Test site for Autonomous Vessels
An entire Norwegian fjord now opens for testing autonomous ship technology. Test-site Trondheimsfjorden is right on the doorstep of a world class research community - eager to take autonomous technology to the next level.
Spacious and low trafficked. The fjord outside the city of Trondheim now opens for anyone seeking knowledge about autonomous shipping. Last week Norwegian authorities, the research community and the industry agreed on making the fjord the first known test site in the world.
Behind the initiative are Kongsberg Seatex, Kongsberg Maritime, Norwegian University of Science and Technology, MARINTEK and Maritime Robotics. Collaborating with Trondheim Port Authority, The Norwegian Maritime Authority and The Norwegian Coastal Administration.
“We are establishing this test site in order to get momentum on development on new technology for autonomous vessels. The fact that the test site is established is creating a lot of energy in the research and university domain and also in the industry”, says Gard Ueland, President of Kongsberg Seatex.
KONGSBERG well positioned
“The fact that the test site is established is creating a lot of energy in the research and university domain and also in the industry”, says Gard Ueland, President of Kongsberg Seatex.
On board the research vessel Gunnerus autonomous technology from KONGSBERG are demonstrated for the media. Systems where computers are taking control of the ship.
“In one hand you have the control systems. But you also have the censor systems that will be crucial for tomorrows autonomous vessels. KONGSBERG has a very god platform when it comes to censor technology and censor development. There are many good reasons why KONGSBERG definitely should be a part of this”, says Ueland.
The city of Trondheim is referred to as the technological capital of Norway. A status created through a unique collaboration between students, scientist and industry.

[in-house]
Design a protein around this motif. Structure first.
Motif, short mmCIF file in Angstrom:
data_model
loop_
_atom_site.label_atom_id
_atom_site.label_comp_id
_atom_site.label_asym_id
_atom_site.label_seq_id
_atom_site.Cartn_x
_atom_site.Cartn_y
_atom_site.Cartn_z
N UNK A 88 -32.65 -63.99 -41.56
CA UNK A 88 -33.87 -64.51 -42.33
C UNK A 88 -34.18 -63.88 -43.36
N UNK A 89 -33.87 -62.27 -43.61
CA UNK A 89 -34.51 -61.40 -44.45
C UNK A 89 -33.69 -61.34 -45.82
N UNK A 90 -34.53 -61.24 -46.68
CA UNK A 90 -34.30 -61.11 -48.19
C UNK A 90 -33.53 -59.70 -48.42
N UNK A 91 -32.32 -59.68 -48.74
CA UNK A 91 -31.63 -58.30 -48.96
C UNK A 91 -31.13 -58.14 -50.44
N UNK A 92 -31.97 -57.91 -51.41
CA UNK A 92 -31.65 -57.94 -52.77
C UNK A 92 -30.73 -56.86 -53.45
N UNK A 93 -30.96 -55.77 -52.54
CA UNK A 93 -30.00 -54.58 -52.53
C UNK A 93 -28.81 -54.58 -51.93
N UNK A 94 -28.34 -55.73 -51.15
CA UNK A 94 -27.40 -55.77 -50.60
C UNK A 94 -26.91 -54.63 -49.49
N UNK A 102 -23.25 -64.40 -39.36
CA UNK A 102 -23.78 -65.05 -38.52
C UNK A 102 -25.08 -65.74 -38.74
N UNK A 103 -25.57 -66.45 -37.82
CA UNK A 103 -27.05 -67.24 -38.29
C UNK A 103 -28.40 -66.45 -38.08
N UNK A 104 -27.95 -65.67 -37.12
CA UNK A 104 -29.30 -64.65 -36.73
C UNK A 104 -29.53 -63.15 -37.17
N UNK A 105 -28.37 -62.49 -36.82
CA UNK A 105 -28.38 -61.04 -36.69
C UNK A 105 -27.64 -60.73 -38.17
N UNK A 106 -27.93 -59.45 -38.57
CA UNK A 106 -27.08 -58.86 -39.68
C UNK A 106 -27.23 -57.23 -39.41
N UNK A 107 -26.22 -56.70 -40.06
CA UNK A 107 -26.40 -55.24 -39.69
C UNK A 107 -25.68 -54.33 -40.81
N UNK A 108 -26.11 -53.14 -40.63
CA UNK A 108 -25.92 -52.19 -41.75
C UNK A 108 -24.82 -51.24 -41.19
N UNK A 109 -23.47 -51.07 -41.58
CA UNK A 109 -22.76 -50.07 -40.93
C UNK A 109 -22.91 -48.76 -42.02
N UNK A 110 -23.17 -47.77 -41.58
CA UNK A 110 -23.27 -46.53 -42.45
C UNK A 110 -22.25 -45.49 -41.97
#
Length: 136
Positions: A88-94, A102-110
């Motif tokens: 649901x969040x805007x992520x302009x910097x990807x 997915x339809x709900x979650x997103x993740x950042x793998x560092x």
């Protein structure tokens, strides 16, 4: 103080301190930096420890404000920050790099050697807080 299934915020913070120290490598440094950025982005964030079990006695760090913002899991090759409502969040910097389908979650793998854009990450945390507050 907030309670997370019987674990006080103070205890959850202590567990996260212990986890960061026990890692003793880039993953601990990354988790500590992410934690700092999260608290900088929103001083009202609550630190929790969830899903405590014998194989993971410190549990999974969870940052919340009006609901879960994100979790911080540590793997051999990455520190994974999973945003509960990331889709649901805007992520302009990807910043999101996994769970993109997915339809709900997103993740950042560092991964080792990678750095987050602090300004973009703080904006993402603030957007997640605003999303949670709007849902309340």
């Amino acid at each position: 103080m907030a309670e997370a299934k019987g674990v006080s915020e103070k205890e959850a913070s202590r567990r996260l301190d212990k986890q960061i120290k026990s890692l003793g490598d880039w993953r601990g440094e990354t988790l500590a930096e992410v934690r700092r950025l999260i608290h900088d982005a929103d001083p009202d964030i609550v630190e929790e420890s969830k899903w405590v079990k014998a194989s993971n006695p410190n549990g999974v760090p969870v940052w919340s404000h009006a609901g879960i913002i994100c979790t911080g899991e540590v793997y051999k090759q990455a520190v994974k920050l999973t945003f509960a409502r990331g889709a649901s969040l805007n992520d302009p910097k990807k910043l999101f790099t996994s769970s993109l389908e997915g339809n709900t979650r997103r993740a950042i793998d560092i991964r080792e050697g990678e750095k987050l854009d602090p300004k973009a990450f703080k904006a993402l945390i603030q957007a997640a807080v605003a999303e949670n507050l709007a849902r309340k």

“We believe that joint collaboration between these three partners is important trough future research centres. We have a long experience with this on other areas and for now it’s important for us to develop a research area within autonomous ships where we can have a joint effort between these three parties”, says Ingrid Schjølberg, Professor and Director NTNU Oceans.
“What we will do is to see if there are obstacles in the legislations that needs to be taken away and off course our main aim is security”, says Olav Akselsen, Director of the Norwegian Maritime Authority (in the midle).
As important as technology are rules and regulations when it comes to autonomy. Because safety are always the first priority.
“It’s very important for us to be a member of this group so that we can follow the development very closely. What we will do is to see if there are obstacles in the legislations that needs to be taken away and off course our main aim is security”, says Olav Akselsen, Director of the Norwegian Maritime Authority.
“This reflects the position Norwegian Authority’s wants to take when it comes to positioning the maritime industry. It also means that other countries will look to what Norway are doing when it comes to this technology and development of autonomous vessels”, concludes Gard Ueland, President Kongsberg Seatex.